Water is the ultimate renewable resource, but the world seems to be running out of it.
By 2030, global water demand will have exceeded the sustainable supply by 40%. By 2050, nearly 6bn people will suffer from clean-water scarcity, according to a 2022 research report by India-based Observer Research Foundation.
The case for investing in water is gaining traction because of rising demand and a scarcity of clean water, according to analysts at Morningstar Inc.
In a report marking World Water Day, they spotlighted five US-based funds, as well as some companies, that focus on expanding access to water, improving water quality and providing solutions that address other water challenges.
“Investors looking for exposure to the reliable supply of safe freshwater should carefully consider these investments as part of a well-diversified portfolio,” according to the report. “It’s a small landscape, but it’s also very diverse.”
In all, there are 11 water funds in the US with a combined $6.3bn of assets. All the funds except one devote more than two-thirds of their portfolios to companies that generate the bulk of their revenue from water management and sanitation activities, according to Morningstar.
And the funds have been performing relatively well. The Invesco Water Resources fund, for instance, gained at an annual rate of almost 12% during the past three years, roughly matching the returns of the S&P 500, according to a Bloomberg report.
In a wider sense, the water sector today is under-financed and chronically short of capacity to meet demand. But to achieve the Sustainable Development Goal (SDG) of ensuring clean water and sanitation for everyone, the current global spending on water needs to rise fourfold, to more than $1tn per year (1.21% of global GDP), according to a Project Syndicate report in 2023.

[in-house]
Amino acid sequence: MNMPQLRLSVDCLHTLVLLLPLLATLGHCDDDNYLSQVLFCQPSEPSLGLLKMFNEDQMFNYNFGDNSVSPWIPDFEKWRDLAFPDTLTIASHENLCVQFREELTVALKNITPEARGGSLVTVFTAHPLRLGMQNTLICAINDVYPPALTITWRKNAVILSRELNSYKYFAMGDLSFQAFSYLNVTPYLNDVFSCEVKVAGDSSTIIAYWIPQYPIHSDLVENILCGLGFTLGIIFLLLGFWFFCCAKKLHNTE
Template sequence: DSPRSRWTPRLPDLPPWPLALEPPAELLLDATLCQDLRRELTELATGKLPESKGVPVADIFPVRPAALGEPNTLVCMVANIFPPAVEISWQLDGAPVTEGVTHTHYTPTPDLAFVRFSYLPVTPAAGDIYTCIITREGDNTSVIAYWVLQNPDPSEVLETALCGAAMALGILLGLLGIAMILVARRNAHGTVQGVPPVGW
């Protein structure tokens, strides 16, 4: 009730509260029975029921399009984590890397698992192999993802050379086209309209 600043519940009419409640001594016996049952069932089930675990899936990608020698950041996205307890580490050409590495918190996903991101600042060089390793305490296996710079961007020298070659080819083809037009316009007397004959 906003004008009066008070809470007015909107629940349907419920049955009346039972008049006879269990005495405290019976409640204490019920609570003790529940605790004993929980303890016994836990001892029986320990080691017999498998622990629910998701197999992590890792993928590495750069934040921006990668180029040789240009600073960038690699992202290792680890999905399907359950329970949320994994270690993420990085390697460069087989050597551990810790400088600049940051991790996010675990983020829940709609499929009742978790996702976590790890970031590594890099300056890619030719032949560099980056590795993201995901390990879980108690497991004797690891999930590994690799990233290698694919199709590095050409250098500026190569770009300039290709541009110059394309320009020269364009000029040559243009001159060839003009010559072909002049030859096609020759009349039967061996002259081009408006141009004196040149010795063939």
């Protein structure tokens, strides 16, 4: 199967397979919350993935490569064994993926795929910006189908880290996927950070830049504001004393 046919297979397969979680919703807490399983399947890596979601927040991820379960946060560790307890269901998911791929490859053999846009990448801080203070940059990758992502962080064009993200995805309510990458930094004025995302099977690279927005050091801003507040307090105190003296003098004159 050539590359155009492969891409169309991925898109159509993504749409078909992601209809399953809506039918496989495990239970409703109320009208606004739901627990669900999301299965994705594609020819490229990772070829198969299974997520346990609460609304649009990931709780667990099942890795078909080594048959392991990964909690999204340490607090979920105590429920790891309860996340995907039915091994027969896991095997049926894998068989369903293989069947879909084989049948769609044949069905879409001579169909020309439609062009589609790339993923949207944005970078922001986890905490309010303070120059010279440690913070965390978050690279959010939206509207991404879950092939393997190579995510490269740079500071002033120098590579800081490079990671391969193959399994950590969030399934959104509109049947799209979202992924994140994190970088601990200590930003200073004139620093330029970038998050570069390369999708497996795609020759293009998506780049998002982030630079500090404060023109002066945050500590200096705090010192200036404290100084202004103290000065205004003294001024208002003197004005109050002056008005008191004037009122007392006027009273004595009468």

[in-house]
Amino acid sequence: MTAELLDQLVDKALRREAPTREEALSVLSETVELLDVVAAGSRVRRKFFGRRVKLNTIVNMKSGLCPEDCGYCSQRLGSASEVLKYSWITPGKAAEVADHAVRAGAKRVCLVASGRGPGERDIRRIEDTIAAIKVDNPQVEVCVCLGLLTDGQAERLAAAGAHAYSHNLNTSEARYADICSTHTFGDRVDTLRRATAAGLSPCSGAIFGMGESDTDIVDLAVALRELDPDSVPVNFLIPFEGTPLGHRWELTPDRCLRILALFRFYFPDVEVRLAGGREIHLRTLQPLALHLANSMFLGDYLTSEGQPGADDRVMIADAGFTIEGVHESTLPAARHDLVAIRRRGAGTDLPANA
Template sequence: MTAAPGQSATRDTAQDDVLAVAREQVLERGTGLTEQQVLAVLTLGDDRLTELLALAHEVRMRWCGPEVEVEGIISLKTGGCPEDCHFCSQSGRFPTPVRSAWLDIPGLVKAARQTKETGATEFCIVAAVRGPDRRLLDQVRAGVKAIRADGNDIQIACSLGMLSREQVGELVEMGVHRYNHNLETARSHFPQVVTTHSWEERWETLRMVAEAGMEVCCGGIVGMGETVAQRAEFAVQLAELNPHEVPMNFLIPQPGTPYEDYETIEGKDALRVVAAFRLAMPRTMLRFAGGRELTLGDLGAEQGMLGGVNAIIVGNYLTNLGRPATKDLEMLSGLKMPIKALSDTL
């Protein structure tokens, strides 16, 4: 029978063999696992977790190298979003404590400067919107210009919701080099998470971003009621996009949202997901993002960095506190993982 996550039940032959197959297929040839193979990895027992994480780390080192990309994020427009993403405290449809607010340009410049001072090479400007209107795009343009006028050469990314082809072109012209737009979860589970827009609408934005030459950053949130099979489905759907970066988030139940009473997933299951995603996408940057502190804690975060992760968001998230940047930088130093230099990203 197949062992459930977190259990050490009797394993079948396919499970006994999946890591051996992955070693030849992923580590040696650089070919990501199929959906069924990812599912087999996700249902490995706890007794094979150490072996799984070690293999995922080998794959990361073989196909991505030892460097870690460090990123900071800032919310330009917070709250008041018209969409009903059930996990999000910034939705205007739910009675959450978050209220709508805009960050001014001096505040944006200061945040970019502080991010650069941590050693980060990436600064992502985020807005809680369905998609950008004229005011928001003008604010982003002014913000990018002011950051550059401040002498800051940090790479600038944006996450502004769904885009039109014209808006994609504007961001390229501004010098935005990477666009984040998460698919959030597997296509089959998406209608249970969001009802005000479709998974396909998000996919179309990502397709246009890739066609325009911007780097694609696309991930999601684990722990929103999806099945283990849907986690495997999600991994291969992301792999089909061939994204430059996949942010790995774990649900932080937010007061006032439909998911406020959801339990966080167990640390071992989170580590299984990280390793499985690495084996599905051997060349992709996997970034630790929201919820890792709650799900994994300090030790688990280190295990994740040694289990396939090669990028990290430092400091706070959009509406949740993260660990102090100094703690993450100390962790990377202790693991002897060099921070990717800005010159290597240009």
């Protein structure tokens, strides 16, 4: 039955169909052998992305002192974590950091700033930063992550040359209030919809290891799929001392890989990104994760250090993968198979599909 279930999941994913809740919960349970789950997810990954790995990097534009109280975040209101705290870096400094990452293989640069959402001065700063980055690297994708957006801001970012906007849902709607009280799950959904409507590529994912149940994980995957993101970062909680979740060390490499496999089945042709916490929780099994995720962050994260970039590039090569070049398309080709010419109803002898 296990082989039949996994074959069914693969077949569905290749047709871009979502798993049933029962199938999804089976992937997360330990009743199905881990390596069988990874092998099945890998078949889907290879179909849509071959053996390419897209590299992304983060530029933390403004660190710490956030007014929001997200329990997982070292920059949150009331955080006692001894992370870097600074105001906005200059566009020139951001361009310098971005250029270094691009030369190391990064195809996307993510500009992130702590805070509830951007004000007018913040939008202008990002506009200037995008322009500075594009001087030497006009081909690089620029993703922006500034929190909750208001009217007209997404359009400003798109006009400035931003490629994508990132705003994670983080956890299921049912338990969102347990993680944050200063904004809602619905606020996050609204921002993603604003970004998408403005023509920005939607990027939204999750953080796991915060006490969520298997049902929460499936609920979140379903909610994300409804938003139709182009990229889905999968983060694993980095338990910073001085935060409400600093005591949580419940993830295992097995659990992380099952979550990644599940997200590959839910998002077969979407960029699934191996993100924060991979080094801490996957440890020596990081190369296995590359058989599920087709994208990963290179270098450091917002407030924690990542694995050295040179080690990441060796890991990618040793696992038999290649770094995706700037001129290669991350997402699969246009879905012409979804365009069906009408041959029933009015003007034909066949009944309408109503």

Higher GDP and population growth levels, as well as the increasingly hot climate, mean the Gulf countries need to spend heavily to meet their energy needs.
According to the CDP, a not-for-profit organisation that collects environmental-impact data, more than $300bn of business value is at risk globally if no action is taken to address water scarcity. Yet it will cost only one-fifth of that total – $55bn – to tackle the problem.
The CDP values such “water-related opportunities” at $711bn, reflecting not just savings on water use but also the growth of long-term potential markets in water-smart technology and the benefits of better community relations.
Another, much-criticised way of investing in water is futures trading.
In late 2020, the Chicago Mercantile Exchange (CME) launched the first water futures market. Water then joined gold, oil, and other commodities traded on the Wall Street.
Apart from being a tradable contract, the futures launch also highlighted growing worries that the life-sustaining natural resource is becoming scarce across of the world.
Proponents of the market say that the futures contracts will function more like insurance. Farmers who participate in the market can insulate themselves from volatile changes in water prices by securing another source of income.
But the United Nations had warned in late 2020 that water futures risked an essential public good being treated like gold and oil, leaving the market vulnerable to speculative bubbles.
As a matter of fact, climate change is speeding up.
All the major indicators of climate change smashed historic records last year, according to United Nations’ World Meteorological Organisation.
The lives of millions of people were upended by natural disasters made worse by climate change, with countries everywhere struggling to cope with billions of dollars in economic losses, according the WMO report for 2023.
Longer term, from a market perspective, water funds are seen to offer “a thematic investment opportunity,” particularly in a world where access to clean water is becoming more and more scarce.
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